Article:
9. The ubiquitous English sparrow is also known as the "house sparrow'. They are NOT protected. However, as noted, there are numerous species; and many do very closely resemble the House, or English sparrow. Most of them, fortunately, do not typically inhabit residential areas.
  10. Forgot to mention all of the various length and line weight graphite Fenwicks I also have. They too are great rods!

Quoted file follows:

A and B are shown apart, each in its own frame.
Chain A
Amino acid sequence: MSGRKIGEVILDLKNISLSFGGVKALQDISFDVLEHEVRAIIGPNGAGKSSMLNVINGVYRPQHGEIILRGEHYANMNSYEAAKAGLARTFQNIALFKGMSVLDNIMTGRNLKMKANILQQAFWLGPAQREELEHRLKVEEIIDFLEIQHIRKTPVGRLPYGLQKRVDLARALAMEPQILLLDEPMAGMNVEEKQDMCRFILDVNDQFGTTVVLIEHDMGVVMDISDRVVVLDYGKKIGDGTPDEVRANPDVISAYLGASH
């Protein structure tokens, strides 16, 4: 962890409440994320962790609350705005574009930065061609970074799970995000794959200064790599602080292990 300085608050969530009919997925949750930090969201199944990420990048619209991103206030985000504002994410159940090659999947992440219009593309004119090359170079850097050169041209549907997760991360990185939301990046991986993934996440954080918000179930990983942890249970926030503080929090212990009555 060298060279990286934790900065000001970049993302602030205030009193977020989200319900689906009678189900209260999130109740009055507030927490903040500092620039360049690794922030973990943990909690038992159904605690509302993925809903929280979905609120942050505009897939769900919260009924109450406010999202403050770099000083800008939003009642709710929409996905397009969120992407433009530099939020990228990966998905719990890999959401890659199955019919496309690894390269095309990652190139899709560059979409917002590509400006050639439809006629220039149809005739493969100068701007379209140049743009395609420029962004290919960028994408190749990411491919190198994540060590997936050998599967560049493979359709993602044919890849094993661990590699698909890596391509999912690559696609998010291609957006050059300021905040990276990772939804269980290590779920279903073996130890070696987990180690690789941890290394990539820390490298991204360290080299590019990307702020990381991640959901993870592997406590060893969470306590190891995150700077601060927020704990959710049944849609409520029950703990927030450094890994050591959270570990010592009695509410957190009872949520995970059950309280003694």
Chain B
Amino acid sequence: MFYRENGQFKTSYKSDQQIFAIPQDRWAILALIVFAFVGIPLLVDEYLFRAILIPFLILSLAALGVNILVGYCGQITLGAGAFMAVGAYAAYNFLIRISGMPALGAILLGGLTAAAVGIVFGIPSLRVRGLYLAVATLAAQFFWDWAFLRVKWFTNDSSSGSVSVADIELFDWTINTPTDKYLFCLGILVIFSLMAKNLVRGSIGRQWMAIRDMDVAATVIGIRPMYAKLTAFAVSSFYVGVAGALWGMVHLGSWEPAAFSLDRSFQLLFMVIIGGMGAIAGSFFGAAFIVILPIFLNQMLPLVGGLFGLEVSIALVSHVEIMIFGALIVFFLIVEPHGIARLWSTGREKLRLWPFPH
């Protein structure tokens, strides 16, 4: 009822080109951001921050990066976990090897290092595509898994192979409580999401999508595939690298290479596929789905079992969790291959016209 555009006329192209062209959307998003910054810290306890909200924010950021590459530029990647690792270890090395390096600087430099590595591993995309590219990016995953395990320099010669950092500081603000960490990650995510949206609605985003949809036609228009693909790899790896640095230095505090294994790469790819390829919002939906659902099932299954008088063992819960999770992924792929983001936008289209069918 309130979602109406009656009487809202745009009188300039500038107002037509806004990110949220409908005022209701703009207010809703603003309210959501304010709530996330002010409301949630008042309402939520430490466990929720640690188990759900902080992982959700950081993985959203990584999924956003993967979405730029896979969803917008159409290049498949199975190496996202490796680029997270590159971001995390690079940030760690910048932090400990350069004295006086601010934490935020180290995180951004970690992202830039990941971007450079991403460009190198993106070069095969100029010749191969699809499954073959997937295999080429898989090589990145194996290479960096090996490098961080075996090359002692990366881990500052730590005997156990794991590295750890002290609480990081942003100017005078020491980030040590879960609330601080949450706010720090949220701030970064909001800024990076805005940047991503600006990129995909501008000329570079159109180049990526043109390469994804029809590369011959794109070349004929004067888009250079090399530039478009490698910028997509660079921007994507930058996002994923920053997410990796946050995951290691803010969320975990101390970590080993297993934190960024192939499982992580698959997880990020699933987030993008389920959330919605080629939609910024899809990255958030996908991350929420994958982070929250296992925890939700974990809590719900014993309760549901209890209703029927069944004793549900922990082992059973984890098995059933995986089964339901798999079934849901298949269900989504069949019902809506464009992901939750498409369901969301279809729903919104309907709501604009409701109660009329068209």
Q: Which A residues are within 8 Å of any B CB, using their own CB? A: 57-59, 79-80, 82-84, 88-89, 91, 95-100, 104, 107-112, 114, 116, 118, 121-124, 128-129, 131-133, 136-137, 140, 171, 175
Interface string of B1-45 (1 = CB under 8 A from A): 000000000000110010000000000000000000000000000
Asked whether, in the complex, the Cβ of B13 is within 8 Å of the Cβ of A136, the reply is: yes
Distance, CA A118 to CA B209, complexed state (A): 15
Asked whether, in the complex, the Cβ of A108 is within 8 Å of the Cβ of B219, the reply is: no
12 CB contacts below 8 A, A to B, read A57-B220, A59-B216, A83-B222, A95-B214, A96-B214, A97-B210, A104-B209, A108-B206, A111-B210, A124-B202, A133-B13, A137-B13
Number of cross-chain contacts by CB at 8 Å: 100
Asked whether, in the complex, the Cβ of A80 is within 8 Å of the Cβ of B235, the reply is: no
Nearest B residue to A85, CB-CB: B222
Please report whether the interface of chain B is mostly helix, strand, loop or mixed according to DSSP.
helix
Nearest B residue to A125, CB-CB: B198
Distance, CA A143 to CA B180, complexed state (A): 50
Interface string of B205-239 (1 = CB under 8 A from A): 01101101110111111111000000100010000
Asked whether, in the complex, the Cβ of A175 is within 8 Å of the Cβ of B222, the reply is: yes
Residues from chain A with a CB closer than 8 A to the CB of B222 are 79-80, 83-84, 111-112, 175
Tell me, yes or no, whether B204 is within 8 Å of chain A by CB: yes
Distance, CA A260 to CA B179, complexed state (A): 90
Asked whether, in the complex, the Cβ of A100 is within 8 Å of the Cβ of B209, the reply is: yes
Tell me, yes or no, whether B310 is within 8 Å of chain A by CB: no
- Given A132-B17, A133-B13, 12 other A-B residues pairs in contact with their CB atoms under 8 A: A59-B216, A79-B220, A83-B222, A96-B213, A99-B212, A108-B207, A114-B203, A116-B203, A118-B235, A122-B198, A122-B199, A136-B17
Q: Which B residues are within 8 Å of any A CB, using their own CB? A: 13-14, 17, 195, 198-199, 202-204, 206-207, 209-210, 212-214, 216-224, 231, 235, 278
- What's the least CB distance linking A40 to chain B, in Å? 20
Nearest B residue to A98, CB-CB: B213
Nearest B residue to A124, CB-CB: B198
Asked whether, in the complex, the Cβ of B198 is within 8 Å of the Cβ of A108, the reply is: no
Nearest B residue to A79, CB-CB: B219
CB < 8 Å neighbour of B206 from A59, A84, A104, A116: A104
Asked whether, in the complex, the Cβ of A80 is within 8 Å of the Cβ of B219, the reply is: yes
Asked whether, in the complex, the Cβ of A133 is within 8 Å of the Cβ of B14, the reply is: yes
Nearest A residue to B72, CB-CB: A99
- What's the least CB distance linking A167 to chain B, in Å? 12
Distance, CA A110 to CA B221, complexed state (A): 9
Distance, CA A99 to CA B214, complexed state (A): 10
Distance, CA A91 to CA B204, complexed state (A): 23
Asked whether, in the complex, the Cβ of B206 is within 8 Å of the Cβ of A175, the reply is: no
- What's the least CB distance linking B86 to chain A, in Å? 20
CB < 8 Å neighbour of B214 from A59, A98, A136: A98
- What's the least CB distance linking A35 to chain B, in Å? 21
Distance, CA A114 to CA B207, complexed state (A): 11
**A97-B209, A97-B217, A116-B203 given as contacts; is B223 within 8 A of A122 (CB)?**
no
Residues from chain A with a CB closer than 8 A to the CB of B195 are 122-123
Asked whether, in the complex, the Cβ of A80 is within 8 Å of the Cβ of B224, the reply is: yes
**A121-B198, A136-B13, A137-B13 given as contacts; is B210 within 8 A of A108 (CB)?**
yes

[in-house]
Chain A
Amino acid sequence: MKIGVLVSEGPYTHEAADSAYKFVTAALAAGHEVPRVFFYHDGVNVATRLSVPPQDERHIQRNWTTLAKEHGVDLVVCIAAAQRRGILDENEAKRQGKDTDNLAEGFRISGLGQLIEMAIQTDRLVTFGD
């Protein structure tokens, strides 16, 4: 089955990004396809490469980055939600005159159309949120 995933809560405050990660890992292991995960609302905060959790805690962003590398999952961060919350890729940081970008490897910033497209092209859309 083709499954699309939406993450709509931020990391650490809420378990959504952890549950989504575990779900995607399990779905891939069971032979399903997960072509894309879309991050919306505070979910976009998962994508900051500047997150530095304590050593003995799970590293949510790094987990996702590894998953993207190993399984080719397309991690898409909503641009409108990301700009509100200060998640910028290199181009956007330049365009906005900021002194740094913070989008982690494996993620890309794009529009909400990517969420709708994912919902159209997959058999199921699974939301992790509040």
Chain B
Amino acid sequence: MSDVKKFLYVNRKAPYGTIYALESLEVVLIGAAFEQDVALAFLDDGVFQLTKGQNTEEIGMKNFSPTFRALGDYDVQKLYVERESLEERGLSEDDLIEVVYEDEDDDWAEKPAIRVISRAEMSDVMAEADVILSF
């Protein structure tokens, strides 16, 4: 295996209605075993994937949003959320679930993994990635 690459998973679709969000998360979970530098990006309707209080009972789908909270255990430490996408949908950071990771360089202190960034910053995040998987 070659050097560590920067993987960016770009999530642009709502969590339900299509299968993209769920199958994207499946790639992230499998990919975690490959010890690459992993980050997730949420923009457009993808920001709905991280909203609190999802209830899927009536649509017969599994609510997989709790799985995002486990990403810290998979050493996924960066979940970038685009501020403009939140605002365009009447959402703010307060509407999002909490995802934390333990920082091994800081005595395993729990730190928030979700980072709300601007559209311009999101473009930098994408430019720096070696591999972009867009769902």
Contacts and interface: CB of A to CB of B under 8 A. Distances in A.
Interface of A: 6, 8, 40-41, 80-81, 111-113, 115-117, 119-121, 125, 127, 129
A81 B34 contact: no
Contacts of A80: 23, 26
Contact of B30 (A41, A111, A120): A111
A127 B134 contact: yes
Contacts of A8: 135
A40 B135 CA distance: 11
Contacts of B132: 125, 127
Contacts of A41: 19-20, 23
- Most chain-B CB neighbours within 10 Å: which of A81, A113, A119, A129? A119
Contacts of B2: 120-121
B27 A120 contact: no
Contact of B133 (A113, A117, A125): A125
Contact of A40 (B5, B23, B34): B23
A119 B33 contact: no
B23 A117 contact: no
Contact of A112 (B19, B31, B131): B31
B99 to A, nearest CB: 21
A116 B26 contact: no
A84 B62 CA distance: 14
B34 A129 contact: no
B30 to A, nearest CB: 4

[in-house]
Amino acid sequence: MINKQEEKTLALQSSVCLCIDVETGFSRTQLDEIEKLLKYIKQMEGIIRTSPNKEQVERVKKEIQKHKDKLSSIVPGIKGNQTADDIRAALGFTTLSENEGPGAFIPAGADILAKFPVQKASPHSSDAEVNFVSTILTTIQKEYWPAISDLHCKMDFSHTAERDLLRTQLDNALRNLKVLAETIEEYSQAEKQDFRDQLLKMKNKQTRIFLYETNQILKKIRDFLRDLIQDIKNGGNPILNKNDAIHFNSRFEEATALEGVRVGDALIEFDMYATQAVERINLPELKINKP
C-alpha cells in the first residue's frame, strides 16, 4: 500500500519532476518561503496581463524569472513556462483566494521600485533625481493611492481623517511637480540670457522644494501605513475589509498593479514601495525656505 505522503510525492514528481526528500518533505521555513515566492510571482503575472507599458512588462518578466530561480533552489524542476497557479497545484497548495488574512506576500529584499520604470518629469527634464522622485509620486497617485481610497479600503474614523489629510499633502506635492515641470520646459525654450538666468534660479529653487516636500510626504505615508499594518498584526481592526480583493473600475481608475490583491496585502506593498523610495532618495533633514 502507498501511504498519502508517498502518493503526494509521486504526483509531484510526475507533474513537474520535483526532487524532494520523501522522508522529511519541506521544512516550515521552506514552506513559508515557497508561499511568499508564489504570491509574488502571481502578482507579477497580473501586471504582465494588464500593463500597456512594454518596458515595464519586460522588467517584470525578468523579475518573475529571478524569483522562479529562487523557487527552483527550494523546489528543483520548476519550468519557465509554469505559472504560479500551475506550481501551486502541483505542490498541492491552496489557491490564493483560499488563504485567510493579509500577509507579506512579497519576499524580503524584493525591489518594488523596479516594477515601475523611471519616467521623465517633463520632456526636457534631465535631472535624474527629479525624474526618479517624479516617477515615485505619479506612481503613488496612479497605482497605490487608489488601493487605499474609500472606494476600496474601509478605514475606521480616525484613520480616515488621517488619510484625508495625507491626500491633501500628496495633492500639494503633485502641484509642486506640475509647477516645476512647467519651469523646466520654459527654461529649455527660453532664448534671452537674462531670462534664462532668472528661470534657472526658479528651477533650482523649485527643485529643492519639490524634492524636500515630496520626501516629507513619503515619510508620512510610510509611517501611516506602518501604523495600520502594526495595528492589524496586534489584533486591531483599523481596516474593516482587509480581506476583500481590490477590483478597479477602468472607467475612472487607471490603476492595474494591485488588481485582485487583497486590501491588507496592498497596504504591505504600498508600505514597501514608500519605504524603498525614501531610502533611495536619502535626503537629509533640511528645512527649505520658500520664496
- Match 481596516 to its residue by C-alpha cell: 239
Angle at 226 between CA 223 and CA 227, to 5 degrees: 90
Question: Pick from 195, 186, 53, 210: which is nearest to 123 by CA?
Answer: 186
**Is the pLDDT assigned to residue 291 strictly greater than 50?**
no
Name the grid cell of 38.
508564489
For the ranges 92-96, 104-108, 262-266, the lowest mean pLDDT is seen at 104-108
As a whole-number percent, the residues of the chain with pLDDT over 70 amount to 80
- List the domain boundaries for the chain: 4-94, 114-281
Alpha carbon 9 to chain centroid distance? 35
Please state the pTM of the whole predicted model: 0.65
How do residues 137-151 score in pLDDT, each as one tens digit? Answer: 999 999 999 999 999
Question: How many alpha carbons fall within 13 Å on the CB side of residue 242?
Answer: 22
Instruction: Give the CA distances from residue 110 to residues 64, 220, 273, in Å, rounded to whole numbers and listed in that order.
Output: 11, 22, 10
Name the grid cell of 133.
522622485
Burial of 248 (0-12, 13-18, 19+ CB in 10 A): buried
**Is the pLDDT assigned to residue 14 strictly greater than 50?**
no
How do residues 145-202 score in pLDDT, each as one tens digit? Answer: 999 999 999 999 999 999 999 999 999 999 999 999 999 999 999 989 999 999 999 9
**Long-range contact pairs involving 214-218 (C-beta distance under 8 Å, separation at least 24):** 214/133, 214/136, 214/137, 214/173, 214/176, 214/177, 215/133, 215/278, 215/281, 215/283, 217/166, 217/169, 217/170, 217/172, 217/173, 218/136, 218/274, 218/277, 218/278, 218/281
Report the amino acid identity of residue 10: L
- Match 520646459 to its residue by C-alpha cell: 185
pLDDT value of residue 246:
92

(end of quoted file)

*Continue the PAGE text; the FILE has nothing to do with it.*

11. I don't see how it follows that the lower mass fly line goes farther. If the caster puts the same amount of energy (Kinetic Energy KE) into both, the lighter line must go faster to have the same energy as the heaver and therefore slower line. However, this does not mean that it goes farther. The distance the line travels can be found by this formula right out of a basic physics book: distance = KE / average resisting force If both have the same KE and the same average resisting force, the distance will be identical. But will they have the same resisting force? The level line has a larger diameter at it's end than the DT line so that adds air resistance, slows the line and therefore decreases distance. The faster line has it's disadvantage too. Drag on an object through a fluid (air) increases at the SQUARE of velocity. So a small increase in velocity means a big increase in drag (resisting force) and therefore a decrease in distance. Which would go farther? You would just have to cast them and see. Also, different lines, weights, manufacturers, etc. may give different results. Sorry for the boring physics lesson. I just couldn't help myself. heavynets.. You are definitely correct; but, you addressed something entirely different from what steeldrifter actually said. He is talking about loss of energy along the line as the cast unfurls as related to the diameter of that line. It stands to reason that as A line gets smaller in diameter, it loses capacity to transmit energy. If this were not true, every dry fly ever cast would hit the water like an anvil. Also, this is why electrical transmission lines get larger, or smaller, as the imparted voltage to be 'transported' goes up or down.